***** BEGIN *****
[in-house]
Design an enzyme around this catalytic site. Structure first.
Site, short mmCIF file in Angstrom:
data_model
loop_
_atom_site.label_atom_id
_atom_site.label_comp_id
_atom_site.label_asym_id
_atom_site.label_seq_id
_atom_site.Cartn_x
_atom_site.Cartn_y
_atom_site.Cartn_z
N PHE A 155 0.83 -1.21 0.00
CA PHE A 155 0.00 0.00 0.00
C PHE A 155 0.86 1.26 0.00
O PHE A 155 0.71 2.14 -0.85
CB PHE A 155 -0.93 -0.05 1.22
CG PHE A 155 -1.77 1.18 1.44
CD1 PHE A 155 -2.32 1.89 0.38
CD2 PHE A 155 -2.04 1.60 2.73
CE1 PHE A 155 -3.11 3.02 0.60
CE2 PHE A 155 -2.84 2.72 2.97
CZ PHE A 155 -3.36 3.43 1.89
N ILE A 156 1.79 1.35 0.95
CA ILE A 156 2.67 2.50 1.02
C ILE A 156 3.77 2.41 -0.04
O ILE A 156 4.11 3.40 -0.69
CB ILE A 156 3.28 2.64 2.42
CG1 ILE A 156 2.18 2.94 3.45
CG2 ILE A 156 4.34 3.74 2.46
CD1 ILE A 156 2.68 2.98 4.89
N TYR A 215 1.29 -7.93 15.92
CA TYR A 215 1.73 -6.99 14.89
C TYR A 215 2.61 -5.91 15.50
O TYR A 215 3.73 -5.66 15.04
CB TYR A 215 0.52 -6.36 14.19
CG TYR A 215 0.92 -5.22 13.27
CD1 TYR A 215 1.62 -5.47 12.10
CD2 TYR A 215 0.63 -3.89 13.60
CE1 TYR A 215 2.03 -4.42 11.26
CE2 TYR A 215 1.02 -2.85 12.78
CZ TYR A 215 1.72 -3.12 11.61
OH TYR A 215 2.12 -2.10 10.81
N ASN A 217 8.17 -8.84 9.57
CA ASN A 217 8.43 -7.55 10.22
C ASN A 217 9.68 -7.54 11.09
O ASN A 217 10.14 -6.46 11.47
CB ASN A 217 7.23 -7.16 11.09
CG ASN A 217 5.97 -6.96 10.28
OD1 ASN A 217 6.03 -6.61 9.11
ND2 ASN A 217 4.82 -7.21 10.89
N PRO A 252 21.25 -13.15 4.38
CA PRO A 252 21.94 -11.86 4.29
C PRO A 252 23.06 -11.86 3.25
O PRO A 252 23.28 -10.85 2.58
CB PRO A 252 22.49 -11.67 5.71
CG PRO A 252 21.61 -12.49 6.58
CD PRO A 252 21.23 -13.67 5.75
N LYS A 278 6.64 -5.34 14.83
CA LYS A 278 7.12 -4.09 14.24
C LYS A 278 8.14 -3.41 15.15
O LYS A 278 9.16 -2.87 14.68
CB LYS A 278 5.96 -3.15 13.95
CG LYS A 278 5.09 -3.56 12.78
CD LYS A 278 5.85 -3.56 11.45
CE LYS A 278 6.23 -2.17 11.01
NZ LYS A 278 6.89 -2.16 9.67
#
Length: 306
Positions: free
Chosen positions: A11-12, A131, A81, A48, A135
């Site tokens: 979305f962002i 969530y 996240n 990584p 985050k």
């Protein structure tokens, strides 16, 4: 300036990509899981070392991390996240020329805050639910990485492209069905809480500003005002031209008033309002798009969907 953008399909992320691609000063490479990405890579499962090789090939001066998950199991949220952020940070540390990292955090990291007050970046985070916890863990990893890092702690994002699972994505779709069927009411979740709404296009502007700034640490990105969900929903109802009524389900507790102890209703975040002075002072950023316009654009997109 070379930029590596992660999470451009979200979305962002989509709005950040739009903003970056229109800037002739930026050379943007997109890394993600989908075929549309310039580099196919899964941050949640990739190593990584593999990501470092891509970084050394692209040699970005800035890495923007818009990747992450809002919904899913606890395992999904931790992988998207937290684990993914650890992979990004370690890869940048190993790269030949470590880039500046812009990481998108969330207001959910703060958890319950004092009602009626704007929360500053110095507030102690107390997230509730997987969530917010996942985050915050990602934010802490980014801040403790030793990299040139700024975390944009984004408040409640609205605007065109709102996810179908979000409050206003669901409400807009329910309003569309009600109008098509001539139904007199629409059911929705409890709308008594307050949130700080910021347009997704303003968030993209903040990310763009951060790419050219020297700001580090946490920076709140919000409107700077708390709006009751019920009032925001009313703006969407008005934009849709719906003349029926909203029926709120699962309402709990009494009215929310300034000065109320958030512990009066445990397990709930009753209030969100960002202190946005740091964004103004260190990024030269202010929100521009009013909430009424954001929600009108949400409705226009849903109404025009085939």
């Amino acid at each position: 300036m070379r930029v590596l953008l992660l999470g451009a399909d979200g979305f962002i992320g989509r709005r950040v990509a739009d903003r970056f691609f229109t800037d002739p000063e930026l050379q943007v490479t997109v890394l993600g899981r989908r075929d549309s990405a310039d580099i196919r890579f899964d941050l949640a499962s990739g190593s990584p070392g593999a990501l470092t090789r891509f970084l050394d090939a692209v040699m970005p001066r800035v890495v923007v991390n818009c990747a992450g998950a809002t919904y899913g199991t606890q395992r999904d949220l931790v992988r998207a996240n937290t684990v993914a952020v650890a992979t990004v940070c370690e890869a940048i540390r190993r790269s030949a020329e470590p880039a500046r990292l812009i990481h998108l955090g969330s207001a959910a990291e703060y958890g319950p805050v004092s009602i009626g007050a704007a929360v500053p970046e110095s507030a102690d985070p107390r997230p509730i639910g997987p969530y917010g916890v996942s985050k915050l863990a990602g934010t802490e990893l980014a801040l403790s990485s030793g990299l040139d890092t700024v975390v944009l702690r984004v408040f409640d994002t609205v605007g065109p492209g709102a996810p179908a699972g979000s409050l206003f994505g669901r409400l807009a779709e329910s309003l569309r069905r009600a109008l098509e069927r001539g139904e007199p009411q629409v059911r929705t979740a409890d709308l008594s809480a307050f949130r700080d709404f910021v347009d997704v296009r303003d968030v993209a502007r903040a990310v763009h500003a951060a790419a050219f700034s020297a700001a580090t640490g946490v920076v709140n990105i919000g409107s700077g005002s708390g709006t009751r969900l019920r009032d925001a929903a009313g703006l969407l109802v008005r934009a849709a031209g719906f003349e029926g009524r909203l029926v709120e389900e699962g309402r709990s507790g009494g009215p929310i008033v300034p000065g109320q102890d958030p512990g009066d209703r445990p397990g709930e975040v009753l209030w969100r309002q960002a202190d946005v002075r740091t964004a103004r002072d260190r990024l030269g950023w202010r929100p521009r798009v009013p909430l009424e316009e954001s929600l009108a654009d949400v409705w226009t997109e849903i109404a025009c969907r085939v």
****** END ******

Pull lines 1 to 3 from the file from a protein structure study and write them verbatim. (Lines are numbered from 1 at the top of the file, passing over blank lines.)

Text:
[in-house]
Design an enzyme around this catalytic site. Structure first.
Site, short mmCIF file in Angstrom: